Hematology is the medical specialty dedicated to the diagnosis and treatment of blood diseases and disorders. Hematologists treat conditions within the red and white blood cells, platelets, lymph nodes, bone marrow, blood vessels, and the spleen. Blood conditions can be benign or malignant.
Anemia is the most common type of blood disorder we treat. Anemia occurs when your body has a deficiency of oxygen-rich red blood cells or when your red blood cells do not function properly. A low level of hemoglobin, the iron-rich protein that carries the oxygen in red blood cells, is a telltale sign. Anemia can be chronic or a temporary condition caused by other health issues. It frequently remains undiagnosed because it is an underlying condition of other health issues, including cancer, cardiovascular disease, diabetes, HIV/AIDS, inflammatory bowel disease, chronic kidney disease, and rheumatoid arthritis.
Anemia caused by nutritional or vitamin deficiencies can be treated by small changes in your diet or taking vitamin supplements. In many cases, the symptoms are temporary with no long-term effects.
Sickle cell disease is a blood disorder in which red blood cells are sticky and crescent-shaped instead of round. They can block blood flow, causing pain and organ damage. It is an inherited, lifelong disease.
Aplastic anemia, also known as bone marrow failure, is a blood disorder where the body’s bone marrow does not create enough new blood cells. Aplastic anemia can be acquired or inherited; however, the cause is not known for many who are diagnosed with this condition. While it can be associated with cancer or cancer treatments, aplastic anemia itself is not a cancer. A small number of those diagnosed with aplastic anemia may also develop leukemia. Symptoms of aplastic anemia include fatigue, frequent infections, abnormal bruising, or abnormal bleeding. Aplastic anemia can be treated with blood transfusions, blood and marrow stem cell transplants, and medications. If caught at an early stage and treated properly, many diagnosed with aplastic anemia can be successfully treated.
Hemophilia is a rare, typically inherited blood disorder where the blood does not properly clot. Patients may suffer from internal bleeding, which can cause damage to organs, joints and tissues. Symptoms can range from mild to severe. While there is no cure, we have several advanced treatment techniques which can significantly improve your quality of life.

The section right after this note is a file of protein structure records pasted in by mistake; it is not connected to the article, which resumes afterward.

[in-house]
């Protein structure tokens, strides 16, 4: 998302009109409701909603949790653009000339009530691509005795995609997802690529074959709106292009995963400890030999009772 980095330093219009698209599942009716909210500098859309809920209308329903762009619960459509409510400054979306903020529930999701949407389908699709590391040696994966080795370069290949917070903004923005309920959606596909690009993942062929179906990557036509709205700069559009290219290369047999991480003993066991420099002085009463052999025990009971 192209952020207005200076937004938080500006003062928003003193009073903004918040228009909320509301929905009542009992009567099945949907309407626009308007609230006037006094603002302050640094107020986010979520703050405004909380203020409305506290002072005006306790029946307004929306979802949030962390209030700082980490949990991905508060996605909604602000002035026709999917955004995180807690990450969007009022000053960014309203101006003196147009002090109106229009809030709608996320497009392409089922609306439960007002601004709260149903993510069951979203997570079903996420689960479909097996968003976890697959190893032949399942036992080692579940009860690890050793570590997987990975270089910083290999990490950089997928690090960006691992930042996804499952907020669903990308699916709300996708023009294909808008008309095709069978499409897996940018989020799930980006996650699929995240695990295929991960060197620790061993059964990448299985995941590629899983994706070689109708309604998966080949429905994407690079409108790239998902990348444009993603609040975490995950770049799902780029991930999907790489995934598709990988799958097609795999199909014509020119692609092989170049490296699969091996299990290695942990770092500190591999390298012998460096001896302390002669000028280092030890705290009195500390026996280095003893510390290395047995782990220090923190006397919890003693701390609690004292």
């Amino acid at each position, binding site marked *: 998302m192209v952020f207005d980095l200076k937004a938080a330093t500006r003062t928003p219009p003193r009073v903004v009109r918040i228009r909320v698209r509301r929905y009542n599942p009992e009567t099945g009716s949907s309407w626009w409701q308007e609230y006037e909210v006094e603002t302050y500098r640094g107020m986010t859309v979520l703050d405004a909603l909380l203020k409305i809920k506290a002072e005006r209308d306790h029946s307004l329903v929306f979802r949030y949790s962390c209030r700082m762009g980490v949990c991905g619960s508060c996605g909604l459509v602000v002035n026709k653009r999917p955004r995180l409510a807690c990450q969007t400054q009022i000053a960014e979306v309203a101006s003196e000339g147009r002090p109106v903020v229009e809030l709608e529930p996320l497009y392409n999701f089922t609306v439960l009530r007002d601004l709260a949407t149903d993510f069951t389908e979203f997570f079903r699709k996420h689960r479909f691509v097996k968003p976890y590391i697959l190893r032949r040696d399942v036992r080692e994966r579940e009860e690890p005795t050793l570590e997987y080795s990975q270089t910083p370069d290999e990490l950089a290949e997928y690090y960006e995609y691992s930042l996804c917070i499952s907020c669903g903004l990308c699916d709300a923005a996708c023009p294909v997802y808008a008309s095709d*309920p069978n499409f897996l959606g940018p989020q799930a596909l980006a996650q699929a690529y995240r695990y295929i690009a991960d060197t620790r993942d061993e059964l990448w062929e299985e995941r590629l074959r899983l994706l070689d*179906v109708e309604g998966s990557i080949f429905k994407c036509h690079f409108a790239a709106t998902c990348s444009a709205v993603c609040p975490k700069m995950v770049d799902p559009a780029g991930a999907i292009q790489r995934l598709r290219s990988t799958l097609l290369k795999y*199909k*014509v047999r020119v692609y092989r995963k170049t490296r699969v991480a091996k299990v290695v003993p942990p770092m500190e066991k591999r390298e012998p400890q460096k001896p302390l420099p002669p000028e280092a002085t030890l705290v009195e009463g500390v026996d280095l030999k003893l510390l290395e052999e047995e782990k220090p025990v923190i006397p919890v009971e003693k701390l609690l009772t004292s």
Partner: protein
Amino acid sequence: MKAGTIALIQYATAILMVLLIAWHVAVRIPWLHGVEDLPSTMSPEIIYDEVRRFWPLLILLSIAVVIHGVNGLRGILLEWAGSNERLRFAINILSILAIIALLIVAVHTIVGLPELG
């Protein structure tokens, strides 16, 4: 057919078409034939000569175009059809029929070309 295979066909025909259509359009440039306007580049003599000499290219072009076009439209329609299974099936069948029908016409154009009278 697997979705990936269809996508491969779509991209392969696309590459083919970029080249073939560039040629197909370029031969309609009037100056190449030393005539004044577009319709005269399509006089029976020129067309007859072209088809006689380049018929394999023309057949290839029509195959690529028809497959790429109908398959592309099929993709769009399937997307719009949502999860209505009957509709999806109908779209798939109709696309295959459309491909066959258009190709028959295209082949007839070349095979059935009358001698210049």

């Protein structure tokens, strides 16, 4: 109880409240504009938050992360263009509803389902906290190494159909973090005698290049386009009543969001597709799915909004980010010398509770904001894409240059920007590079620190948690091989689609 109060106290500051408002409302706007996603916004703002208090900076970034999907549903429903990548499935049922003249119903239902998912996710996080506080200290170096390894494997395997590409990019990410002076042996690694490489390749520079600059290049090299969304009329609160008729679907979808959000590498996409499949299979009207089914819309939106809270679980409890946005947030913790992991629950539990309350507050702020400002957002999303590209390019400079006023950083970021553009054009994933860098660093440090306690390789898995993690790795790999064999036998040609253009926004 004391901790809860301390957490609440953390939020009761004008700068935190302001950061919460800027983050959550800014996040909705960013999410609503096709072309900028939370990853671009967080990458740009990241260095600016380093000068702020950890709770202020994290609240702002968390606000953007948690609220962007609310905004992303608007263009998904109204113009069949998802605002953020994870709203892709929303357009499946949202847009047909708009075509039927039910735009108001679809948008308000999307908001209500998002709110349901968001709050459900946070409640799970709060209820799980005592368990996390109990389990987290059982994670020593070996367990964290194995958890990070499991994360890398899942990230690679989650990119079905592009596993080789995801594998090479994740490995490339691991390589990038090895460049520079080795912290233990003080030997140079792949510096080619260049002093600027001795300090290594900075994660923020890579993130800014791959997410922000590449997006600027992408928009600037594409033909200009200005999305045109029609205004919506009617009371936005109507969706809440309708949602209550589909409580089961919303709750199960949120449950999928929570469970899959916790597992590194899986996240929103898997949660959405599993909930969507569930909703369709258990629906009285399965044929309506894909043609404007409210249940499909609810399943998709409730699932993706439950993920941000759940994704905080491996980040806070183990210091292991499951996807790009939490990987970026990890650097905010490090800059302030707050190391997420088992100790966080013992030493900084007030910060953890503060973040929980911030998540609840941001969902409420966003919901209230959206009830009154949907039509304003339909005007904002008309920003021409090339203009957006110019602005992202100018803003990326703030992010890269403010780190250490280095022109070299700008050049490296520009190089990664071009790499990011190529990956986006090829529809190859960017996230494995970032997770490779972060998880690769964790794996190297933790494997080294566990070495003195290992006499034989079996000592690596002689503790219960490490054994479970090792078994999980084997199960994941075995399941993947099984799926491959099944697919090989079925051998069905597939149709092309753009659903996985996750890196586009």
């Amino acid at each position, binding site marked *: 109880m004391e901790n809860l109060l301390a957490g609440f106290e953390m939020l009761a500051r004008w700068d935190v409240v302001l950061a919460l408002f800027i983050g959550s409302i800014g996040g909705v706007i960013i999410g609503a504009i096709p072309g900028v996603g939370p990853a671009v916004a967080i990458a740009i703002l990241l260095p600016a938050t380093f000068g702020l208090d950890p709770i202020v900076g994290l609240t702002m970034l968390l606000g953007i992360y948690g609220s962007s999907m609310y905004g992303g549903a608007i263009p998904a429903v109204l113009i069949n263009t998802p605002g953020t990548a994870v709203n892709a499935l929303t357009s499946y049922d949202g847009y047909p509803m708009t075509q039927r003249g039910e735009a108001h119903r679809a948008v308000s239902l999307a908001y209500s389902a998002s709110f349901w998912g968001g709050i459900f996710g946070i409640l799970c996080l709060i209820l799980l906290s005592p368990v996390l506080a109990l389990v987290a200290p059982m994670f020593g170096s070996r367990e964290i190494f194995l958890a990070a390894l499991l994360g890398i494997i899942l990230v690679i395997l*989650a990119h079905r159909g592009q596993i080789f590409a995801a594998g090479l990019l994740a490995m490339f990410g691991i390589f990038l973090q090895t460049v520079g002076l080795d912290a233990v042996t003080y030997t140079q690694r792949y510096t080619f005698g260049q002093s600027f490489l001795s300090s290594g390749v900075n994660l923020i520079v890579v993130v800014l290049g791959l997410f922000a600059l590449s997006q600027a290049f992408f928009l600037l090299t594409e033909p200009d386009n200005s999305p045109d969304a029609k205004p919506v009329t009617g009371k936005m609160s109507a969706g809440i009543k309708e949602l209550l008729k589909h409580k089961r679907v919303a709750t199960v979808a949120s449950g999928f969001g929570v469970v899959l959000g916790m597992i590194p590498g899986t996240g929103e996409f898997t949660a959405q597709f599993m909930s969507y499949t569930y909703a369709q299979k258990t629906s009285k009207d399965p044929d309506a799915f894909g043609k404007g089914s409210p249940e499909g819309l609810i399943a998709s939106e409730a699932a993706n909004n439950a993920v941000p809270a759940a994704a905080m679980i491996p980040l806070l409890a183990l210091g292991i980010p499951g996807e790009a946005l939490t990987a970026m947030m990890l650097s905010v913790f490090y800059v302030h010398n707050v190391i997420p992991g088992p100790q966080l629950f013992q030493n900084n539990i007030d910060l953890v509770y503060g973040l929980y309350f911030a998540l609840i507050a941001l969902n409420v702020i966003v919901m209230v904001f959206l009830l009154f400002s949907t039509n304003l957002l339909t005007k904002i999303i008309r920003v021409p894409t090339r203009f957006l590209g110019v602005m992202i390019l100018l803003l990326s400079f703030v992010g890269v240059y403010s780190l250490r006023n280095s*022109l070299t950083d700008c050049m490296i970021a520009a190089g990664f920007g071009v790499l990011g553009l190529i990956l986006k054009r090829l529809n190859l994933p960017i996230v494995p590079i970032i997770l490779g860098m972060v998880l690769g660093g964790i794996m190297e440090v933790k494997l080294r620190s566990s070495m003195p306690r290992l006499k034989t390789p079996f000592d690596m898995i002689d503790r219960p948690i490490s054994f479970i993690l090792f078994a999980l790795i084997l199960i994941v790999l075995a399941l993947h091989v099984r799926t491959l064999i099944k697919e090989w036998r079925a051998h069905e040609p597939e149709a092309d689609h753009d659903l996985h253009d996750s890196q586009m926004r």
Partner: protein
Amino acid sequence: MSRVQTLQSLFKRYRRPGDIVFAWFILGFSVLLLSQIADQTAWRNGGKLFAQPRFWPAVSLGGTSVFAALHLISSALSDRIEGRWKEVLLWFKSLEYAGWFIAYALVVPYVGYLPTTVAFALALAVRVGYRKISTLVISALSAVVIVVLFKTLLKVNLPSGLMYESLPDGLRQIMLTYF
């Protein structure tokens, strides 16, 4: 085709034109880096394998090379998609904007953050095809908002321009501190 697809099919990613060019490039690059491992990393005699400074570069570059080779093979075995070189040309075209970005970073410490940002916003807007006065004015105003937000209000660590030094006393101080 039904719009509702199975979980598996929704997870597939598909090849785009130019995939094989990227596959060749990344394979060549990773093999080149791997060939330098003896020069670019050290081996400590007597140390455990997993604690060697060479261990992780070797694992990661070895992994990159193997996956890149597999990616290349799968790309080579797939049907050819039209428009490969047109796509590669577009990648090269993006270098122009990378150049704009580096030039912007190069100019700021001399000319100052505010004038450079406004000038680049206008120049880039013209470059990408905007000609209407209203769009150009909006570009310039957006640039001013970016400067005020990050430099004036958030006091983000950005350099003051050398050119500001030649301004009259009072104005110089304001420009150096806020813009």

Hematologists also treat thrombosis and hemostasis – conditions related to the proteins that trigger bleeding and clotting. Thrombosis refers to the formation of abnormal blood clots that become embedded in a major vein or artery, blocking blood circulation. Blood clots can cause pain, swelling, or warmth in the affected area, and can be life-threatening. Hemostasis is the process of controlling bleeding.
Comprehensive anticoagulation and thrombosis management include outpatient and in-hospital management of anticoagulant medications, as well as comprehensive outpatient treatment for deep vein thrombosis (DVT) and evaluation and management of patients with thrombotic disorders. Most patients with deep vein thrombosis can be evaluated and treated in our office setting without needing a hospital admission.
Pediatric hematologists focus on treating blood disorders in children under 18. We provide specialized pediatric hematology services at Texas Oncology–Medical City Dallas Pediatric Hematology-Oncology.
Our program has all the resources needed to provide care for your child. Our physicians will connect you and your family with the supportive services for the educational, emotional, and financial challenges you may face.
Texas Oncology is a member of the Children’s Oncology Group (COG), a National Cancer Institute-sponsored cooperative research group. Through this program, children have access to promising new medications and therapies. Texas Oncology–Medical City Dallas Pediatric Hematology-Oncology is also a member of Be the Match (formerly the National Bone Marrow Donor Program), which affords patients without family members who can serve as donors access to potentially lifesaving transplants from alternative stem cell sources.